Another useless article on running technique, you may think but may be not! This one may change the way you think about running technique, and encourage you to give it the attention it deserves!
Common (mis)conceptions on running technique
Have you noticed that when it comes to running technique, you are just told to replicate movements?
You will commonly hear :
- spend less time on the ground
- land quietly
- run tall
- land on your midfoot or forefoot
- reduce your vertical oscillation
- increase your number of steps per minute (cadence)
- To run fast, hit the ground as hard as possible
- push off,
- move your arm faster as to accelerate
And even …
There is no such thing as running technique, everyone is different, it does not matter how you run, some will naturally land on their heels, some not. The body will find naturally its more economical way of running.
In fact, there is rarely a tangible explanation. “<put your favorite runner here> does it”, or “Everybody knows that….” will often be the only argument. It seems like it’s all about opinions and school of thoughts, but without any clear understanding of how running works and how to run better.
When it comes to running, technique is rarely a part of training, in contrast with other sports.
Good technique helps you maximize your athletic potential. With the same physiological abilities, the skillful runner will perform better. As an example, on the “breaking 2” attempt to break the 2hours marathon organised by Nike, the “physiological beast” Lelisa Desisa with the highest physiological scores was the first one to drop out from the pack.
However, a way to determine how to run better, is to use a frame of reference that is not related to opinions. For instance, how to use the human body to use the physics laws of motion to run as efficiently as possible.
An unbiased view : physics to the rescue
First, let us establish what make us move forward. Leonardo da Vinci expressed it in an efficient, yet easy to understand, manner.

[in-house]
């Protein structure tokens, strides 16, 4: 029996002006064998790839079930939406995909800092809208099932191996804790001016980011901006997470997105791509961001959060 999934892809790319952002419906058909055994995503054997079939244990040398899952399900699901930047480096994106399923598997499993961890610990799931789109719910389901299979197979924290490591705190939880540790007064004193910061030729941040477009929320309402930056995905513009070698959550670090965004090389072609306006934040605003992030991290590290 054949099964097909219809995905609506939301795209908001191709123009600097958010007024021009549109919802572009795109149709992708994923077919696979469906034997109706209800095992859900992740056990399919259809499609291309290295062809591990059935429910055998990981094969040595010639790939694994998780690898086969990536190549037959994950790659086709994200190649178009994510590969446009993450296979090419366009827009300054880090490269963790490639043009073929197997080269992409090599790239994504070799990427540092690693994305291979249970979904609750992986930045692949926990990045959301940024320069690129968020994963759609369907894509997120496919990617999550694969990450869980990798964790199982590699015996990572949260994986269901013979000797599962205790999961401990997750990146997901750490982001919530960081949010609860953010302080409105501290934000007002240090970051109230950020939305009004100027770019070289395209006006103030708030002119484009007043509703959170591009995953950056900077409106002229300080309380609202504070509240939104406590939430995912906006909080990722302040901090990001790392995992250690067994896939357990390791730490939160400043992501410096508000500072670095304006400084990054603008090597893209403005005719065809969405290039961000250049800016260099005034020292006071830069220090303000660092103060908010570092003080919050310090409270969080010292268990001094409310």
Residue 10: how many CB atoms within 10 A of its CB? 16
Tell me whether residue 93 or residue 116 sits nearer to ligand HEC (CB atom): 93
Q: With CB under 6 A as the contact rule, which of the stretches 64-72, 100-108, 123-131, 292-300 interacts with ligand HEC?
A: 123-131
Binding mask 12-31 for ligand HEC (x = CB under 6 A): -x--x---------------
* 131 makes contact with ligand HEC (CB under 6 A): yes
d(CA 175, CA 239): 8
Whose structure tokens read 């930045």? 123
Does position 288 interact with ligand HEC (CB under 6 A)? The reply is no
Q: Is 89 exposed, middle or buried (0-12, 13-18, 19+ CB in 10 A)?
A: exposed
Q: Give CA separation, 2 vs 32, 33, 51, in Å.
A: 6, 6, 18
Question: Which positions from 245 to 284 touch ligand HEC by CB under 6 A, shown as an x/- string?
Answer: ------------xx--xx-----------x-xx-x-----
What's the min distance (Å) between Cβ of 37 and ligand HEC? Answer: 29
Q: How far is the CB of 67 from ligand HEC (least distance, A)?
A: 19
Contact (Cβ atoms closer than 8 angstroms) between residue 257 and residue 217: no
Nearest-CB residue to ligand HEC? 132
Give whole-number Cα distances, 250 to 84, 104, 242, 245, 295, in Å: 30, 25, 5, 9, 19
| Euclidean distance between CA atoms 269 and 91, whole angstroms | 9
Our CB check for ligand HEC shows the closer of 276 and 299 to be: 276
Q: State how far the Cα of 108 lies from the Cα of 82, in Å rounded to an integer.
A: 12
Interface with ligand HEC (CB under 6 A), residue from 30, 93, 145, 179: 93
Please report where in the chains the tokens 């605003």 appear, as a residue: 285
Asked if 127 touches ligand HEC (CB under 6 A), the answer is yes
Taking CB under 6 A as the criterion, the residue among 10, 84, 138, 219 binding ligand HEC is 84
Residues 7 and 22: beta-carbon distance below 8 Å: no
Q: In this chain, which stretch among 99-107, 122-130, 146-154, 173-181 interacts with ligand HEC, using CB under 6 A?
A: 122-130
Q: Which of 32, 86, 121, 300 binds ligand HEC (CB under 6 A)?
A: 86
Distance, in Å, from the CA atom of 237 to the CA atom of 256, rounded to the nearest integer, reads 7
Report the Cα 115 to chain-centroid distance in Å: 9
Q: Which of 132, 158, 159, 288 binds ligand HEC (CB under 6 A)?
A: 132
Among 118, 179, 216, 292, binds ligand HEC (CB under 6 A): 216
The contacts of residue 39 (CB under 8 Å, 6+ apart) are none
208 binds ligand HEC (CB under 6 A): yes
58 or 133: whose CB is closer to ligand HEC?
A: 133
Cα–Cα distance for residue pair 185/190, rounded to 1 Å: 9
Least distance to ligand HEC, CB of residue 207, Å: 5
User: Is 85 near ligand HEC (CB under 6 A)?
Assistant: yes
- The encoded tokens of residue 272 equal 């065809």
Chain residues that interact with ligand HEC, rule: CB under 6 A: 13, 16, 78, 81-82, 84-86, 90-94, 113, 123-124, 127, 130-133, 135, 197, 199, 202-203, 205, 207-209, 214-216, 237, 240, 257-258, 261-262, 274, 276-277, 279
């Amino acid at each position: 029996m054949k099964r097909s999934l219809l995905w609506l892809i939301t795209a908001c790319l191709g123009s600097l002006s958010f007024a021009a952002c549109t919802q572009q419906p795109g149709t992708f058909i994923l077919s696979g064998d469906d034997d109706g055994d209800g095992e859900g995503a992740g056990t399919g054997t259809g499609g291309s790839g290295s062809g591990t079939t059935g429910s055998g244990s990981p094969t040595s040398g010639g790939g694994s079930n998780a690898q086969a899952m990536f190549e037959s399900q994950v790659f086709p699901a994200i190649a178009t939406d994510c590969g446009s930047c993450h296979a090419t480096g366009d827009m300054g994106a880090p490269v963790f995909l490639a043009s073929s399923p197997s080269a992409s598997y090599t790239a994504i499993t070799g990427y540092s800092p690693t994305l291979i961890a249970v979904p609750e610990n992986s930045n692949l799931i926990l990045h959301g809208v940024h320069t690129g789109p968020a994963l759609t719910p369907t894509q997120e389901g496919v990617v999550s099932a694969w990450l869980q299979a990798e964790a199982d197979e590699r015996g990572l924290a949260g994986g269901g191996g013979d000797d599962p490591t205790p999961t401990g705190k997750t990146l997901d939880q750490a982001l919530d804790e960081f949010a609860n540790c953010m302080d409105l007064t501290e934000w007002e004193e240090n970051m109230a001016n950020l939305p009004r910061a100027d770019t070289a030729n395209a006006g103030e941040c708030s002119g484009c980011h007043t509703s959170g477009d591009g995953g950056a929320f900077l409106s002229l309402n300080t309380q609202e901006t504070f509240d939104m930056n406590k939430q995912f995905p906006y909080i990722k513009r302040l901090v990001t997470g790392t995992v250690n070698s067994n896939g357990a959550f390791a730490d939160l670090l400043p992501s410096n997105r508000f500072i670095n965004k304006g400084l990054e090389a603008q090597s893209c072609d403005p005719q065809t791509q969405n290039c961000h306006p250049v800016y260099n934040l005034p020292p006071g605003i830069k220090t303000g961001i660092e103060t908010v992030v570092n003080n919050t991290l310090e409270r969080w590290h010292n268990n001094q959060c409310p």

“Motion is created by the destruction of balance, that thing moves most rapidly which is furthest from its balance.“ – Leonardo da Vinci
Balance and movement
How do we move?
The answer is so deeply ingrained in our body and perception that we do not event think about it, moreover we barely can explain it. But if you stand up still and want to move, you will first and foremost shift your body weight in the direction of your desired movement.
In other words, you will put yourself in a situation to briefly fall! This may sound counterintuitive, but yes, you have just used gravity to move forward …
How does that work?
To begin with, the area defined by your feet is your support polygon.
When the projection of your center of mass on the ground is inside this polygon, you are globally balanced. But, when it is outside, it breaks the balance, you then have to move your support, and recreate a support polygon that will include the projection on the ground of the new position of your center of mass
This is movement in a nutshell: Destroying balance and recovering it.
Gravity and running technique
When you are running, your support polygon is much smaller, but the rules are the same, therefore, once your global center of mass passes over your support foot you fall forward and move forward.
It is true that gravity’s direction is downwards, but when there is a support (your foot on the ground) you rotate over your support foot, what creates a horizontal component of movement. This phenomenon is the gravitational torque.
We must agree that in contrary to popular belief, gravity is not a force to fight against when we run, but is the very source of movement. No gravity, no movement.
If you think that you do not need gravity to move, see how the astronauts on the move are unable to create speed in an environment that has less gravity!
The referenced studies show that it is in the falling phase that the center of gravity accelerates the most.
Therefore, our goal becomes : How to run to make the better use possible of gravity?
Read An introduction to running technique — Part 2 to find out!
- Nicholas Romanov, Graham Fletcher. (28 Aug 2007). Sports Biomechanics, pages 434-452 . Runners do not push off the ground but fall forwards via a gravitational torque. https://www.tandfonline.com/doi/abs/10.1080/14763140701491625
- Graham Fletcher, Marcus Dunn, Nicholas Romanov. (2009) INTERNATIONAL SOCIETY OF SPORTS BIOMECHANICS, XXV11, 374-377. Gravity’s role in accelerated running – a comparison of an experienced Pose® and heel-toe runner. https://ojs.ub.uni-konstanz.de/cpa/article/viewFile/3291/3092
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